A team lead by Dr. Binay K De from Medical College and Hospital, Calcutta, India, used a hemodynamic study to document for the first time that the combination of spironolactone with propranolol is not only better than propranolol alone in reducing portal pressure, but the reduction is significant enough to virtually abolish the risk of re-bleeding in a significant majority of the patients.
Bleeding from ruptured esophageal varices is the main complication of portal hypertension and a major cause of death. About one-third of variceal bleeding episodes are fatal while 70% of survivors re-bleed within a year. Propranolol, the drug of choice for primary prevention of variceal bleeding, has been found to be effective in 45% of patients who have never bled, and in only 40% of patients who have had a bleeding episode before.
Thus, this drug does not protect a significant number of patients and combination therapy has been advocated as a result. Various drug combinations have been tried, most commonly propranolol with isosorbide mononitrate. However, the problem with combination therapy is an increased incidence of side effects, poor tolerability and lack of compliance. The search for an ideal drug combination that is effective, relatively free from side effects and easy to administer, has been elusive.
Spironolactone, a drug commonly used in cirrhotics with ascites to reduce fluid overload, has been found to have an independent portal hypotensive effect. This drug has been in use for a long period of time and has been found to be safe and free of side effects, except for occasional gynaecomastia.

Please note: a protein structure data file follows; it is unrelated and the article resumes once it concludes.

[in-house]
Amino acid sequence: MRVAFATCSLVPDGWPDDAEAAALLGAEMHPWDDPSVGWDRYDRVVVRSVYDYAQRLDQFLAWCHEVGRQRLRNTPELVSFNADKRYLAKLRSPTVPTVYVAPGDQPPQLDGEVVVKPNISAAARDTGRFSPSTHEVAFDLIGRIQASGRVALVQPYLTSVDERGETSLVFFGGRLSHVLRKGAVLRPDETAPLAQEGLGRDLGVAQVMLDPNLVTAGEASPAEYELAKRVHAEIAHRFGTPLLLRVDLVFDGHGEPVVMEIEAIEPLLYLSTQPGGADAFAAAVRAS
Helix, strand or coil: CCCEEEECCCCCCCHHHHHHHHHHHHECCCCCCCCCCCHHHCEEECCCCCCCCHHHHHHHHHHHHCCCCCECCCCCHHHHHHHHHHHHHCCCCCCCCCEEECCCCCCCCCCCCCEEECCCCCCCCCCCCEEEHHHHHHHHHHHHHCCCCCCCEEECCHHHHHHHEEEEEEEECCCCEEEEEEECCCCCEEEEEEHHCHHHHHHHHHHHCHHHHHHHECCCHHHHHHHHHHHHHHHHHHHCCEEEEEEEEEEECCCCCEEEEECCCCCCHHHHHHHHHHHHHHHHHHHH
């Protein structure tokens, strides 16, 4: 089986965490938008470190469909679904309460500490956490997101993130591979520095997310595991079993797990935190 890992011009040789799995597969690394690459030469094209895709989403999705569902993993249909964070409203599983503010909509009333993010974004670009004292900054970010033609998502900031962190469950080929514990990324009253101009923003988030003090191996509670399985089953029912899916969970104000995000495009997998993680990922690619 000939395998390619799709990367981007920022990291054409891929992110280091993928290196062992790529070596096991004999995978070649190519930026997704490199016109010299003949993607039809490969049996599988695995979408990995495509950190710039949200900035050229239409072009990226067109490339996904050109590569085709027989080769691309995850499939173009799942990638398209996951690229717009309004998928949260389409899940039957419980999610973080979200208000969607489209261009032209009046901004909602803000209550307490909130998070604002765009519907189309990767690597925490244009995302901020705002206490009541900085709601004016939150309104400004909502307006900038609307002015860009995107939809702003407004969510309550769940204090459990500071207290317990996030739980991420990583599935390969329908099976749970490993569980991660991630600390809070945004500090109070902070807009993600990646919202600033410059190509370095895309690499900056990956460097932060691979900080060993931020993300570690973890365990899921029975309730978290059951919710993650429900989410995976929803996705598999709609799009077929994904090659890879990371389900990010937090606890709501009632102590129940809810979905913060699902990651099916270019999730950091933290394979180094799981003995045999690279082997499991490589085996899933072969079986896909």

In the authors' view, the combination of spironolactone with propranolol scores over other combinations for variceal re-bleed, because of the different mechanisms of action of the two drugs and some of the unique properties of spironolactone.
Spironolactone has a direct portal hypotensive effect in addition to its ability to reduce plasma volume by diuresis. Spironolactone has a direct effect on the vasculature and suppressive effect on immunoactive and inflammatory cytokines, independent of its anti-aldosterone effect. An antifibrotic property has also been evidenced experimentally in rats. Because it is a long acting drug, a single daily dosage will suffice.
Using a rational study design, portal pressure was measured after hemodynamic stabilization of the patients. The drugs were administered and the effects were re-assessed on day eight. This allowed time for stabilization of drug levels in the plasma and also provided us information on the early portal hemodynamic changes following drug administration, because the maximal risk of re-bleeding is during the first two weeks.
However, further research using a larger number of patients with a long term follow up is warranted before declaring this combination to be the choice of treatment in preventing variceal re-bleeding.
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